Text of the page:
anytime a guy like me winds up in a film like this, it's very good for
people of color.
thing you mentioned color because they were blue in Avatar.
It's still a color, isn't it?
when you saw Avatar
completed, were you amazed, were you glad, or did you have a whole
different emotional experience?
I was overwhelmed by the technology. I really was overwhelmed by the
amazing 3D of it all. The story, yes, absolutely I think it's a very
old story, but this time told in a technologically new way that makes it
even more acceptable for audiences. It's a great pleasure to be a part
of something that is not only technologically advanced to the point of
amazement, but also one that carries a message that it does and
acceptance of one group by another.
is it to have all those things stuck on you? And were you able to play
that character while playing with the other actors, or do you do that
No, you play with other characters. The only thing that you have to be
careful of is the camera that sits right in front of your face and the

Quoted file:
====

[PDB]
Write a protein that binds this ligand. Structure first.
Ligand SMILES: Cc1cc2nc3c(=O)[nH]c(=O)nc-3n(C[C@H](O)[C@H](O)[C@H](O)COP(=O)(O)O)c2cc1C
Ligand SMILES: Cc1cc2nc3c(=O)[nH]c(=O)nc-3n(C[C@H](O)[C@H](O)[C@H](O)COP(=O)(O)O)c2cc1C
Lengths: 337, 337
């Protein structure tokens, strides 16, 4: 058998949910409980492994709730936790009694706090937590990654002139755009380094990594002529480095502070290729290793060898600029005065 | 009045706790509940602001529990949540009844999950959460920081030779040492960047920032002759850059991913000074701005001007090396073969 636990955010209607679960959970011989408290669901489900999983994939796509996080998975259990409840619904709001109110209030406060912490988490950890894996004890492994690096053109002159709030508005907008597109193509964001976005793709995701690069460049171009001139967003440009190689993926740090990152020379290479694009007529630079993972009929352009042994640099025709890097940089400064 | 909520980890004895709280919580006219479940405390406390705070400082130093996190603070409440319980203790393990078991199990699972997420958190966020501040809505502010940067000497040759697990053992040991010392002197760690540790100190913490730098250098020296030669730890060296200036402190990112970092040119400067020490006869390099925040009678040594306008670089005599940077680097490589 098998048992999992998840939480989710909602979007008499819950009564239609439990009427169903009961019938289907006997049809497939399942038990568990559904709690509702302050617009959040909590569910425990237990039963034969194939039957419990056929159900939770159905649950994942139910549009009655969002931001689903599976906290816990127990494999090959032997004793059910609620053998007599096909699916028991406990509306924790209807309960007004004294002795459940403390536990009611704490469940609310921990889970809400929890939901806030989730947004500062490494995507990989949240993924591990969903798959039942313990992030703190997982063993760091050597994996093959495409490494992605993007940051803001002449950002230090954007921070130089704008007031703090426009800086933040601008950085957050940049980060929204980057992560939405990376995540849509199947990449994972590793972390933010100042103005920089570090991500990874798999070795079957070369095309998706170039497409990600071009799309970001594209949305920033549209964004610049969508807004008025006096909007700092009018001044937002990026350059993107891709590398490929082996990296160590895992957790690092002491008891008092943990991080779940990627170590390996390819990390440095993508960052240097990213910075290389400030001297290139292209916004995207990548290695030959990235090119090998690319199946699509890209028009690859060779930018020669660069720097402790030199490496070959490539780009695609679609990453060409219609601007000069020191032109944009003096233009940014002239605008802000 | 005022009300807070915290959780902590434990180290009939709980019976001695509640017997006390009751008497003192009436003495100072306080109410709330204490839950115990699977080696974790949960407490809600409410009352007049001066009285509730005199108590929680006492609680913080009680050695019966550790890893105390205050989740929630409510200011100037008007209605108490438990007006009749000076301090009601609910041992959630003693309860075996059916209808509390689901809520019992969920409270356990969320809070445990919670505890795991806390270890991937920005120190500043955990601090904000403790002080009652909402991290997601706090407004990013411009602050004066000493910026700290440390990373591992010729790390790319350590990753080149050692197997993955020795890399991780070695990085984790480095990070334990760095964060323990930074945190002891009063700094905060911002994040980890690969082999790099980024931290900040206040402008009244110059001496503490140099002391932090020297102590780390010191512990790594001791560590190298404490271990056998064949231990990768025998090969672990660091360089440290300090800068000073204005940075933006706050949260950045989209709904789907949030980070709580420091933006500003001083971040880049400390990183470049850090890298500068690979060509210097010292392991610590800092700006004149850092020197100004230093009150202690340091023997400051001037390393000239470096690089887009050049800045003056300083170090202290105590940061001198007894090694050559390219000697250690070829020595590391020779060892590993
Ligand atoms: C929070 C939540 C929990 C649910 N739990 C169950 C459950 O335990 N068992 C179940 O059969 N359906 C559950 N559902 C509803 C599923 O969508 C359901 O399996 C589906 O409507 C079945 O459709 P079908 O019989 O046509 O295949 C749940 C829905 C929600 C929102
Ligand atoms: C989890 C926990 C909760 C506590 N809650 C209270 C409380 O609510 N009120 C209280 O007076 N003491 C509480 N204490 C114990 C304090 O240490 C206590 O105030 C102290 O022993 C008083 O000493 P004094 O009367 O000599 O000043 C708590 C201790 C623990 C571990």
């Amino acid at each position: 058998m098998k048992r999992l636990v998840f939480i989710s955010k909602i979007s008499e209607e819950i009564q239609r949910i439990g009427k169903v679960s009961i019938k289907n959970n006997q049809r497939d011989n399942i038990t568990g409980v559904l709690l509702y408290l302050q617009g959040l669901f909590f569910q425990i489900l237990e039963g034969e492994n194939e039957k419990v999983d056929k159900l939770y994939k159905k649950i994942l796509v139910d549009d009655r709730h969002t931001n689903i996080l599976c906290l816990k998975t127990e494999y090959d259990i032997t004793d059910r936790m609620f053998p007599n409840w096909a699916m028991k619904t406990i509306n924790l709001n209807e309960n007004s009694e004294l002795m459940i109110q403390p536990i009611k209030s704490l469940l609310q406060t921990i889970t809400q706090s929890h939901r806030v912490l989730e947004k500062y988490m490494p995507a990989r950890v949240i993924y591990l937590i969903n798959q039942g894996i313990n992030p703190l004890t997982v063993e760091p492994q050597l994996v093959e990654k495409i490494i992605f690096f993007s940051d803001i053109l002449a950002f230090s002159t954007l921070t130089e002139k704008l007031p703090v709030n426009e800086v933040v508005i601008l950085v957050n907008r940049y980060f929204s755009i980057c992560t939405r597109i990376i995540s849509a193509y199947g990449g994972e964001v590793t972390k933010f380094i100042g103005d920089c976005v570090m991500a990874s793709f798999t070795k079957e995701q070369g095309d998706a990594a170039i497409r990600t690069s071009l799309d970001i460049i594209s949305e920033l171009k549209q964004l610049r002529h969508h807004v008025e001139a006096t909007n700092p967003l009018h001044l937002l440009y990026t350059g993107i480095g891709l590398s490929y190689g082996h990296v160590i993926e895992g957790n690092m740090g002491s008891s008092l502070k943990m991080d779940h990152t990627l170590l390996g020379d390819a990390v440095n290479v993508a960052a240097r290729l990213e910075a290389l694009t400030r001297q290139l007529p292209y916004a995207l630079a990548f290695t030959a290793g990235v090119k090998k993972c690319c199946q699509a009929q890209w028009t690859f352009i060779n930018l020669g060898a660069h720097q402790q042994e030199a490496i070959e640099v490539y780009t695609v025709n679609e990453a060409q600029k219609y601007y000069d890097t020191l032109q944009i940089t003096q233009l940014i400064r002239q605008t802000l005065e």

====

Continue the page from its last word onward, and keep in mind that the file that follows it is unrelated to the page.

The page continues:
light. But once you become accustomed to that, it's acting in the grand
you upset when your character dies in movies?
Well, of course I'm upset when he dies. I would rather have lived to see
a sequel. Many times it's a matter of providing the drama of a death
that adds to the film. I've died many times in film and television.
least you get to play the leader; that's something. You have been the
sage, or the great father, a warrior or whatever.
But in The Only Good Indian,
I live. And live gloriously, at that.
must astound you when you look at it from the other point of view, the
incredible arrogance. Is there ever a point when you can understand what
were they thinking? Or is it just that you can only be angry about it?
No. It's actually a curse to be able to understand that our people were
somewhat imperial in their movements at times. I'm Cherokee, and there
were times when social expansion was something that is needed by a
cultural group or a national group. I can understand that to a certain
extent, but the arrogance of it is something that amazes me. And to use
the use of religion or belief systems that contribute to the attitudes
that came up with manifest destiny, that kind of thing, as well as the
need for fuel that is apparent in Avatar. All of these
things come to mind. While it's amazing, it's also a very sad thing that
we actually can allow ourselves to become a part of something that is
destructive to others.